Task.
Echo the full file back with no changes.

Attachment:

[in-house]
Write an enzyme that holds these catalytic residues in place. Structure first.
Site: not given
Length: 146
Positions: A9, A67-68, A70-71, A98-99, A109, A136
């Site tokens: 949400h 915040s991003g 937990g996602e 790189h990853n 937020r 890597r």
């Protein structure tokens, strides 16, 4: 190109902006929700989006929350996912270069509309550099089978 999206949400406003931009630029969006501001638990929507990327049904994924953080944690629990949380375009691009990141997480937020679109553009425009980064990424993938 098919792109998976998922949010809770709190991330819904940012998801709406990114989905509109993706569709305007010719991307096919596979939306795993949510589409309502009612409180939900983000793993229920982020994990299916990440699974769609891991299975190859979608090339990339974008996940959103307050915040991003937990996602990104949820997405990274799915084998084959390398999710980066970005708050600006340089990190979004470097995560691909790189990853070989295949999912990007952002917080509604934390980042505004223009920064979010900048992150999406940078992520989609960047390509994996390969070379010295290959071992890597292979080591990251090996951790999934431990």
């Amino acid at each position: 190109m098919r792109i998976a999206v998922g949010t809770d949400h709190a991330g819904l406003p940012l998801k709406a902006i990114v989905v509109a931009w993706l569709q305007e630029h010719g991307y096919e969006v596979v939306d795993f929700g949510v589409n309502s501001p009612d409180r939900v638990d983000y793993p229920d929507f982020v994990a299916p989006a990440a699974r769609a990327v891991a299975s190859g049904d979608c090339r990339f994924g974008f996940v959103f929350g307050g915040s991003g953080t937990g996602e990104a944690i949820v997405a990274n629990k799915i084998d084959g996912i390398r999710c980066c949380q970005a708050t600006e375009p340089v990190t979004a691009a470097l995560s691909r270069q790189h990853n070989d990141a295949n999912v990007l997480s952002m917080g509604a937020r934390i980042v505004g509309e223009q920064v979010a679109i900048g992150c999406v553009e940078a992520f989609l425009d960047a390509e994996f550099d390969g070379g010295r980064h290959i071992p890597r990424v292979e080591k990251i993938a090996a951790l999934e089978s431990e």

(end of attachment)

[in-house]
Write an enzyme that holds these catalytic residues in place. Structure first.
Site: not given
Length: 146
Positions: A9, A67-68, A70-71, A98-99, A109, A136
């Site tokens: 949400h 915040s991003g 937990g996602e 790189h990853n 937020r 890597r």
């Protein structure tokens, strides 16, 4: 190109902006929700989006929350996912270069509309550099089978 999206949400406003931009630029969006501001638990929507990327049904994924953080944690629990949380375009691009990141997480937020679109553009425009980064990424993938 098919792109998976998922949010809770709190991330819904940012998801709406990114989905509109993706569709305007010719991307096919596979939306795993949510589409309502009612409180939900983000793993229920982020994990299916990440699974769609891991299975190859979608090339990339974008996940959103307050915040991003937990996602990104949820997405990274799915084998084959390398999710980066970005708050600006340089990190979004470097995560691909790189990853070989295949999912990007952002917080509604934390980042505004223009920064979010900048992150999406940078992520989609960047390509994996390969070379010295290959071992890597292979080591990251090996951790999934431990």
């Amino acid at each position: 190109m098919r792109i998976a999206v998922g949010t809770d949400h709190a991330g819904l406003p940012l998801k709406a902006i990114v989905v509109a931009w993706l569709q305007e630029h010719g991307y096919e969006v596979v939306d795993f929700g949510v589409n309502s501001p009612d409180r939900v638990d983000y793993p229920d929507f982020v994990a299916p989006a990440a699974r769609a990327v891991a299975s190859g049904d979608c090339r990339f994924g974008f996940v959103f929350g307050g915040s991003g953080t937990g996602e990104a944690i949820v997405a990274n629990k799915i084998d084959g996912i390398r999710c980066c949380q970005a708050t600006e375009p340089v990190t979004a691009a470097l995560s691909r270069q790189h990853n070989d990141a295949n999912v990007l997480s952002m917080g509604a937020r934390i980042v505004g509309e223009q920064v979010a679109i900048g992150c999406v553009e940078a992520f989609l425009d960047a390509e994996f550099d390969g070379g010295r980064h290959i071992p890597r990424v292979e080591k990251i993938a090996a951790l999934e089978s431990e």